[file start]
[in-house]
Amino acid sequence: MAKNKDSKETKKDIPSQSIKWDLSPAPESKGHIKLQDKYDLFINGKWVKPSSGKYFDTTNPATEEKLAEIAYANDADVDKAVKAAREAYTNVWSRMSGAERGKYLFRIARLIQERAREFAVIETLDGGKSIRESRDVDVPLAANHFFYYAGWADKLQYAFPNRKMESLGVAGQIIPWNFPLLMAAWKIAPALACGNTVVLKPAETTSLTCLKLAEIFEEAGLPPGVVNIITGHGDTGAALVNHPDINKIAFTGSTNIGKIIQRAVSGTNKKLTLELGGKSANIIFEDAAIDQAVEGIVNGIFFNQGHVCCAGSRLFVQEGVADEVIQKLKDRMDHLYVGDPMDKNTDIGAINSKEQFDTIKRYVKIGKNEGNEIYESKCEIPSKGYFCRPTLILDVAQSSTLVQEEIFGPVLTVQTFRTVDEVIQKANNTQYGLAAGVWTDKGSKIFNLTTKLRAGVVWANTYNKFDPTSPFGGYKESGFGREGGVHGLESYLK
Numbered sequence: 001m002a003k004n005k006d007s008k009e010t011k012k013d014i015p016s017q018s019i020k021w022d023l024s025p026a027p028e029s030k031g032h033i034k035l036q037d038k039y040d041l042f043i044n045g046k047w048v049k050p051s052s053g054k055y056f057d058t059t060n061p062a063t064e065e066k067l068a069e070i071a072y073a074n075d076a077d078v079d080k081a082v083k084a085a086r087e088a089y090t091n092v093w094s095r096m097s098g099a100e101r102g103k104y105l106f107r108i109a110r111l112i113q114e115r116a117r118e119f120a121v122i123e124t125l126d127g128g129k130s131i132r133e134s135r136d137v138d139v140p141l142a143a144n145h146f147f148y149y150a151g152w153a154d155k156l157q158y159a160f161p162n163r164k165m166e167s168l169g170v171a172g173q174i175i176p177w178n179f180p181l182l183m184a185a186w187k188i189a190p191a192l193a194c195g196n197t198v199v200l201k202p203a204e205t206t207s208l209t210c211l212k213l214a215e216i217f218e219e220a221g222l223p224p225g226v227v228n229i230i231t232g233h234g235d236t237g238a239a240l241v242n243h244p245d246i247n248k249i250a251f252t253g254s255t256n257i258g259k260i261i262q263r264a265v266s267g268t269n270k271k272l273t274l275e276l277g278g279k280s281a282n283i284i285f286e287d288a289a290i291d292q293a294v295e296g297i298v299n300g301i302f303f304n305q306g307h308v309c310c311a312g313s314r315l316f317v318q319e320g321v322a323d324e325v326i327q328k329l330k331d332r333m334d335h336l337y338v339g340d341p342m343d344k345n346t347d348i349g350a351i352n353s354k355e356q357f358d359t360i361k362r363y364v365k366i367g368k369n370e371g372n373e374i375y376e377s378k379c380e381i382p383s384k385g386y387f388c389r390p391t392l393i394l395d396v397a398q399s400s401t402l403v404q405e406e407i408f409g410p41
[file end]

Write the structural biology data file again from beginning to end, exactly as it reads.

[in-house]
Amino acid sequence: MAKNKDSKETKKDIPSQSIKWDLSPAPESKGHIKLQDKYDLFINGKWVKPSSGKYFDTTNPATEEKLAEIAYANDADVDKAVKAAREAYTNVWSRMSGAERGKYLFRIARLIQERAREFAVIETLDGGKSIRESRDVDVPLAANHFFYYAGWADKLQYAFPNRKMESLGVAGQIIPWNFPLLMAAWKIAPALACGNTVVLKPAETTSLTCLKLAEIFEEAGLPPGVVNIITGHGDTGAALVNHPDINKIAFTGSTNIGKIIQRAVSGTNKKLTLELGGKSANIIFEDAAIDQAVEGIVNGIFFNQGHVCCAGSRLFVQEGVADEVIQKLKDRMDHLYVGDPMDKNTDIGAINSKEQFDTIKRYVKIGKNEGNEIYESKCEIPSKGYFCRPTLILDVAQSSTLVQEEIFGPVLTVQTFRTVDEVIQKANNTQYGLAAGVWTDKGSKIFNLTTKLRAGVVWANTYNKFDPTSPFGGYKESGFGREGGVHGLESYLK
Numbered sequence: 001m002a003k004n005k006d007s008k009e010t011k012k013d014i015p016s017q018s019i020k021w022d023l024s025p026a027p028e029s030k031g032h033i034k035l036q037d038k039y040d041l042f043i044n045g046k047w048v049k050p051s052s053g054k055y056f057d058t059t060n061p062a063t064e065e066k067l068a069e070i071a072y073a074n075d076a077d078v079d080k081a082v083k084a085a086r087e088a089y090t091n092v093w094s095r096m097s098g099a100e101r102g103k104y105l106f107r108i109a110r111l112i113q114e115r116a117r118e119f120a121v122i123e124t125l126d127g128g129k130s131i132r133e134s135r136d137v138d139v140p141l142a143a144n145h146f147f148y149y150a151g152w153a154d155k156l157q158y159a160f161p162n163r164k165m166e167s168l169g170v171a172g173q174i175i176p177w178n179f180p181l182l183m184a185a186w187k188i189a190p191a192l193a194c195g196n197t198v199v200l201k202p203a204e205t206t207s208l209t210c211l212k213l214a215e216i217f218e219e220a221g222l223p224p225g226v227v228n229i230i231t232g233h234g235d236t237g238a239a240l241v242n243h244p245d246i247n248k249i250a251f252t253g254s255t256n257i258g259k260i261i262q263r264a265v266s267g268t269n270k271k272l273t274l275e276l277g278g279k280s281a282n283i284i285f286e287d288a289a290i291d292q293a294v295e296g297i298v299n300g301i302f303f304n305q306g307h308v309c310c311a312g313s314r315l316f317v318q319e320g321v322a323d324e325v326i327q328k329l330k331d332r333m334d335h336l337y338v339g340d341p342m343d344k345n346t347d348i349g350a351i352n353s354k355e356q357f358d359t360i361k362r363y364v365k366i367g368k369n370e371g372n373e374i375y376e377s378k379c380e381i382p383s384k385g386y387f388c389r390p391t392l393i394l395d396v397a398q399s400s401t402l403v404q405e406e407i408f409g410p41